The rest of the day’s trail was easy walking and we made good time looping back to the Falls Creek Falls. From there it was a short hike along the banks of Lake Catherine back to our trailer.

The first thing we did back at the trailer was get out the tweezers and flamestick and check Dakota for ticks. There were quite a few. Ugh. We checked ourselves as well. The ticks made a satisfying popping sound when they were incinerated.

Rather than do more hiking at Lake Catherine, the next day’s plan was to head in to Hot Springs and visit Bathhouse Row and hike in the national park. Hot Springs National Park claims to be the first national park. The hot springs in the area had been drawing people for years and the area had slowly been developing in a haphazard fashion. In the 1830’s the federal government took the unprecedented step of “reserving” large parcels of the land for use by citizens. The creation of Hot Springs Reservation was the first attempt by the government to protect a natural resource. It was a bit ham-fisted, however, and failed to clearly delineate boundaries.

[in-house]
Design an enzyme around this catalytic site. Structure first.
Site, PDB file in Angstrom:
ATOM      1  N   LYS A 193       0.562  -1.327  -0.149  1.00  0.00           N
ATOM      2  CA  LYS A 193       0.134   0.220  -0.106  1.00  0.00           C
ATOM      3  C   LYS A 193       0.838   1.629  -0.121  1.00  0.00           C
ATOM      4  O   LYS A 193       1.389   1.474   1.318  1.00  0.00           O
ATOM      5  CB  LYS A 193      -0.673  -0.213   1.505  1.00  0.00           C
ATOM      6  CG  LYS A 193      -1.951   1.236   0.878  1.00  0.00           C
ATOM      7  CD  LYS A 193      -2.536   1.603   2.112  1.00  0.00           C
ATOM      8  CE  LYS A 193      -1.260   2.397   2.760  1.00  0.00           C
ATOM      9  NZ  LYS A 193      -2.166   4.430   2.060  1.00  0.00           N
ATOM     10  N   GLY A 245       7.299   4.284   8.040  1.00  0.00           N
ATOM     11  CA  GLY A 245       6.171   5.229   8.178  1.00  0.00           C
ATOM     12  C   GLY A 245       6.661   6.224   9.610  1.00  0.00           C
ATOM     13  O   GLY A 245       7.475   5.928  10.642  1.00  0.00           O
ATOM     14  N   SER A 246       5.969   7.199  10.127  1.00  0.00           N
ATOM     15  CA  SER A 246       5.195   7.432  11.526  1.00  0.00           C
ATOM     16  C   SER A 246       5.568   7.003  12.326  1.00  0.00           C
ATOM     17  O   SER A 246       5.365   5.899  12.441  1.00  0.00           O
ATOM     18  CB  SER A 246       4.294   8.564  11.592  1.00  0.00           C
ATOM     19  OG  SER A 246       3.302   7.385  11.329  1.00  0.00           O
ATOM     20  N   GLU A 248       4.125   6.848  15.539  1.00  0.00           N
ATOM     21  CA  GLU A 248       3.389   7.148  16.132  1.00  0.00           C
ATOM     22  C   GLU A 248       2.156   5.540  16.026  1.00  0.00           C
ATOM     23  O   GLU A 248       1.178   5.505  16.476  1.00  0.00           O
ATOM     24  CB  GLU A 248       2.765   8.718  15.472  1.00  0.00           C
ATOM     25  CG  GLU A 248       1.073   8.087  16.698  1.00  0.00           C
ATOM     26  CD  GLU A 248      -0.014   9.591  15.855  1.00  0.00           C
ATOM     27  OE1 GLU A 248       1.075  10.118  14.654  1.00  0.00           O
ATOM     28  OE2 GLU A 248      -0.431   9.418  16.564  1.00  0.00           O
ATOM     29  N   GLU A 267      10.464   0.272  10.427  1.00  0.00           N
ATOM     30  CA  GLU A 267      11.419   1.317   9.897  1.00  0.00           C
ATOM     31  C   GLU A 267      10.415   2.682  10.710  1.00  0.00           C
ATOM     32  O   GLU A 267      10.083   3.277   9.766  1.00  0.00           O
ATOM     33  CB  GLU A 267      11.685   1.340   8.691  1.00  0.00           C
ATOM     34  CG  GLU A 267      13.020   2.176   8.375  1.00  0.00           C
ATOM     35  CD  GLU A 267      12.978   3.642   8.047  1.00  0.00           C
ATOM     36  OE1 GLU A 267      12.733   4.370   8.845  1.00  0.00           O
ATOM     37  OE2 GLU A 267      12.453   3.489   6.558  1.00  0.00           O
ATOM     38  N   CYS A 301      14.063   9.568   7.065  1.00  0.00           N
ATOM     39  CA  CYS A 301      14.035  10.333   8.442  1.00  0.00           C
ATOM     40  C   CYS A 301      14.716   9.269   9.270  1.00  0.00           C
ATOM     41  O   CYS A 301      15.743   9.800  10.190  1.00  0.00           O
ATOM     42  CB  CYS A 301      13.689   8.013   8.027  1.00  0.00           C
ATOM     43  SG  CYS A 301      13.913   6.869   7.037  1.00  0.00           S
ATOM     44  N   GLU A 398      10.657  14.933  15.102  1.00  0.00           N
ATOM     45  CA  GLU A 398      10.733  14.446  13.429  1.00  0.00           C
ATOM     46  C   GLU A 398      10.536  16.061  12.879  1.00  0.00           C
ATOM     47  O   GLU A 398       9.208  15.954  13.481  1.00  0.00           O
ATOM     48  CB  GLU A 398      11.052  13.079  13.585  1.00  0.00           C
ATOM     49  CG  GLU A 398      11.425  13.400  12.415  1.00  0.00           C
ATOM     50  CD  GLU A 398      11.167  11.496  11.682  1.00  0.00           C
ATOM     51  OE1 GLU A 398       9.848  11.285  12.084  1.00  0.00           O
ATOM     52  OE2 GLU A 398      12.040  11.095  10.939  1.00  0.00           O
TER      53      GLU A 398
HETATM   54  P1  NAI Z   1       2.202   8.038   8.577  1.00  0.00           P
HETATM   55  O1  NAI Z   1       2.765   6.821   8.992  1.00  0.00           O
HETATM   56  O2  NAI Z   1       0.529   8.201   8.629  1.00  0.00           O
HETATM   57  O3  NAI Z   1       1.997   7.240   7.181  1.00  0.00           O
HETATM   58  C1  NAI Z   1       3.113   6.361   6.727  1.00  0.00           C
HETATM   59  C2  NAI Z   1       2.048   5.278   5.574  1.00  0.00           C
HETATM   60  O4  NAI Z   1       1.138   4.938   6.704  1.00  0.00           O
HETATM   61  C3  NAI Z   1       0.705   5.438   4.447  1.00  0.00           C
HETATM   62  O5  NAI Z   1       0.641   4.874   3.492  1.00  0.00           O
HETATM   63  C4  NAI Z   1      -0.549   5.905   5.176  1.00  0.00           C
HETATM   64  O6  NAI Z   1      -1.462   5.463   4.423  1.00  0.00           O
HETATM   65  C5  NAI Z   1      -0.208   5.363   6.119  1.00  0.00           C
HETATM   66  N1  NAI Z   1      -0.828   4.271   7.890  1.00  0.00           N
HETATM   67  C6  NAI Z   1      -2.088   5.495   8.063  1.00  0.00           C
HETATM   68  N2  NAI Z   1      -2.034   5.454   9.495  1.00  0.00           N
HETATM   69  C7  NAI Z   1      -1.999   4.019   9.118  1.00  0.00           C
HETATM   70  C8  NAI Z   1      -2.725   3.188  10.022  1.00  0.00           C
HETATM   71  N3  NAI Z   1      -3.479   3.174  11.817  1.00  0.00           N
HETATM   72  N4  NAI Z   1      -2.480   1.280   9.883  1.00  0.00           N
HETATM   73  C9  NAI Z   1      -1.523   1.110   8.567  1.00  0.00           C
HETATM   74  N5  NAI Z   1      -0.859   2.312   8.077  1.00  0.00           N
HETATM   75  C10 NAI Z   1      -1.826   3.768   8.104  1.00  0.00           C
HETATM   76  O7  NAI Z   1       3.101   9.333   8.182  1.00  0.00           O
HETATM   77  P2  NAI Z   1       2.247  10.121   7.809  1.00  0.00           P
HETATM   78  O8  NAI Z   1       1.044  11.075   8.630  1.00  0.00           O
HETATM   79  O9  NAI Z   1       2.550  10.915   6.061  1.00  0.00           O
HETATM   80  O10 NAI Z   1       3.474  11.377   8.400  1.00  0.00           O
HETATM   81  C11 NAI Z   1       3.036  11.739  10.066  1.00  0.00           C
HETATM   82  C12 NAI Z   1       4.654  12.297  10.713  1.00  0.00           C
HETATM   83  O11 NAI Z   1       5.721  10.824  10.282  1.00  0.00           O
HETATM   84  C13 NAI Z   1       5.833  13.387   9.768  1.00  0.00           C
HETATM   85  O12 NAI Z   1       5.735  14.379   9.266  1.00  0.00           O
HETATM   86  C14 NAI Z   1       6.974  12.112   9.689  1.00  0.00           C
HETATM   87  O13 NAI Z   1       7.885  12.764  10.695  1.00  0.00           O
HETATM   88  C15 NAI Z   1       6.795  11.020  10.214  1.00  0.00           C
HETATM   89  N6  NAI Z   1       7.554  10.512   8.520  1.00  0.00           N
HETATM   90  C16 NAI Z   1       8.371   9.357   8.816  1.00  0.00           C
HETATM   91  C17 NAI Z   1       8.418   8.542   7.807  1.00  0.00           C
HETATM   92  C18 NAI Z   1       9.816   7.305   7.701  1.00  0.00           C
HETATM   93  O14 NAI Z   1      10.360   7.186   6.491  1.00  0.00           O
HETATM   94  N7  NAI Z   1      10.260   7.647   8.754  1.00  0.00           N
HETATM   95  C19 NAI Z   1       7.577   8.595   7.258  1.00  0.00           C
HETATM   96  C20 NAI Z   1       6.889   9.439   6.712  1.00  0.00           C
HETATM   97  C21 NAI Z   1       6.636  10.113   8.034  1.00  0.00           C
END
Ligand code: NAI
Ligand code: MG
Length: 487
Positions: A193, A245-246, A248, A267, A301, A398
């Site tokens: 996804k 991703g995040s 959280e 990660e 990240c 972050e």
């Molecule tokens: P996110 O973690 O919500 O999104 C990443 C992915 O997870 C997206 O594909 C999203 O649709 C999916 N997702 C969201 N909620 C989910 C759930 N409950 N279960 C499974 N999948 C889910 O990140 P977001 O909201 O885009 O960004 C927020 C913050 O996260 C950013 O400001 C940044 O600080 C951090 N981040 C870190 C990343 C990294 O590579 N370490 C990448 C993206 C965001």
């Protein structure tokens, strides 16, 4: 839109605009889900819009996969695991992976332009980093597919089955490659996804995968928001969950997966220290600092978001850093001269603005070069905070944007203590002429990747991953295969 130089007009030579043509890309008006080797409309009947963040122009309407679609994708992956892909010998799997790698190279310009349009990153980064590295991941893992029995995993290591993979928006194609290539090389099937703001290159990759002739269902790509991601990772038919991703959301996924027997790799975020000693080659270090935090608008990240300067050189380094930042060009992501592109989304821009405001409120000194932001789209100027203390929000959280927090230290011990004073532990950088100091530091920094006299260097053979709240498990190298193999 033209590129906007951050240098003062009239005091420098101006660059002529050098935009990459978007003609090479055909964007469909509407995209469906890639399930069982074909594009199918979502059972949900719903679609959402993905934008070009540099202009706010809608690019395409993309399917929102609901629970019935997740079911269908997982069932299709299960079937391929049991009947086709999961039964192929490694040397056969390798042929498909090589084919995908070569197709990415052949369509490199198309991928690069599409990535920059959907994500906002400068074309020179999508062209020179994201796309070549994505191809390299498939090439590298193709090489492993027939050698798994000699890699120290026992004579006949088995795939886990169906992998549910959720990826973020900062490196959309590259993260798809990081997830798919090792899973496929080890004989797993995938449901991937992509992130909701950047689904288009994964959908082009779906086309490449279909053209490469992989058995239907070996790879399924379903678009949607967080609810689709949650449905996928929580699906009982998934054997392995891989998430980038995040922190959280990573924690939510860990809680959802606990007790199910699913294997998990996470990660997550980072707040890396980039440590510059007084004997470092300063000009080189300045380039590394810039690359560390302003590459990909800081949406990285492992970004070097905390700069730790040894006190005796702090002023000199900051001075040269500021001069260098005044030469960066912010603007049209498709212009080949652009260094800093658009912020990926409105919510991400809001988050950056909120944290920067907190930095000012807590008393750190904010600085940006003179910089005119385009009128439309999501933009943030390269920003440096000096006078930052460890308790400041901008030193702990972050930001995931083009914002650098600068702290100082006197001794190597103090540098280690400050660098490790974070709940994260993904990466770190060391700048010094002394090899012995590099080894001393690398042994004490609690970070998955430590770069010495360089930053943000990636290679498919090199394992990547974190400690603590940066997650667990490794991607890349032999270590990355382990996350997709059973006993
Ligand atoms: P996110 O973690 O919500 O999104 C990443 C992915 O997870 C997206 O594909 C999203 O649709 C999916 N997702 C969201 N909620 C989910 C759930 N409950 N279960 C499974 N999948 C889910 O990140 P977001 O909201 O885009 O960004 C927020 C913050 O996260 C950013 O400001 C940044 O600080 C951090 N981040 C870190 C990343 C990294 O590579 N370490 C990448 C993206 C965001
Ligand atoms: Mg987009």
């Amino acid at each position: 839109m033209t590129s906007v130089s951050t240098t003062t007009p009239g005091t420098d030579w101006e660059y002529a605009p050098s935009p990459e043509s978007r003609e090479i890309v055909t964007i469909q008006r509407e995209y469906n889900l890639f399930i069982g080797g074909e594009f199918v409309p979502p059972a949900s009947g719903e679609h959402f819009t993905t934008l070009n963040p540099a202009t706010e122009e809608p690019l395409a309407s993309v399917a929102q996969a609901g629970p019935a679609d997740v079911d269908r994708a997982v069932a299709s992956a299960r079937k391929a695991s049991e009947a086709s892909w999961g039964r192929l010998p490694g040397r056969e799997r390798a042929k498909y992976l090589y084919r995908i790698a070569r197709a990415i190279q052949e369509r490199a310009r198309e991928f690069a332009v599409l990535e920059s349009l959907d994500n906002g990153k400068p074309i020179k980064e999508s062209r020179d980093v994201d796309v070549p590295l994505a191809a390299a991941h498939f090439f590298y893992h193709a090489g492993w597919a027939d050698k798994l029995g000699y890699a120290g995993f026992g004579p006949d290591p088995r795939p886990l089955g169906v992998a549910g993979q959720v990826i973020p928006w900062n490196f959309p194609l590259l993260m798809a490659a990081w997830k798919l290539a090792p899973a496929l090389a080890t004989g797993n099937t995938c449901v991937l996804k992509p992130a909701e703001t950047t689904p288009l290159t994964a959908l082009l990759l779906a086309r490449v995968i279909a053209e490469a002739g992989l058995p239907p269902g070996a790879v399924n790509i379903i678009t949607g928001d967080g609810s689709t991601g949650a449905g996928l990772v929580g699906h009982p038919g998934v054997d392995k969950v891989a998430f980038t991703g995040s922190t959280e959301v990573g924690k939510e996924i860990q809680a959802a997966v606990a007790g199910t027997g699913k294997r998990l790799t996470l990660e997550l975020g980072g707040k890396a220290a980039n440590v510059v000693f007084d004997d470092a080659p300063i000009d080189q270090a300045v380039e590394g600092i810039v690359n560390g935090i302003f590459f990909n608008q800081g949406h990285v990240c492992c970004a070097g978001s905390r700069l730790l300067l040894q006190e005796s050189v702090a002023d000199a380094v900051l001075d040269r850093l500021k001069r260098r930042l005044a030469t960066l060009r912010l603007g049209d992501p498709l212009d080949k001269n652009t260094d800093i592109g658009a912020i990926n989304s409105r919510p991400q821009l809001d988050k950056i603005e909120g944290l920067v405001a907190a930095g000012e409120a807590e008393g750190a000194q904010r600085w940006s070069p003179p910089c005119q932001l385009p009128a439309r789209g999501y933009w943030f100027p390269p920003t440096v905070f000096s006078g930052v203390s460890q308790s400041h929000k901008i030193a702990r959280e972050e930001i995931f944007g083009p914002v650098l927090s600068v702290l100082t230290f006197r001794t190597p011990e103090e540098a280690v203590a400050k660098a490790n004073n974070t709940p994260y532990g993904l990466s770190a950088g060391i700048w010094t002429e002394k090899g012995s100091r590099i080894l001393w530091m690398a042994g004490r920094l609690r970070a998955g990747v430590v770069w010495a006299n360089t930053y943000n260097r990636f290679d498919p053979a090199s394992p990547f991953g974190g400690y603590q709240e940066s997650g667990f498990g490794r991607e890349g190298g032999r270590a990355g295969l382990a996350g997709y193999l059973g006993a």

Over the years the bath houses in town had evolved from tents and crude lumber shacks to wooden structures. Hot Springs Creek ran right down the main street. The town was subject to frequent fires and the creek regularly flooded. In the 1880’s the federal government covered over Hot Springs Creek so that it ran under the main street of town. Next the government approved private development of new and more elaborate bath houses. Hot Springs’ reputation and popularity soared.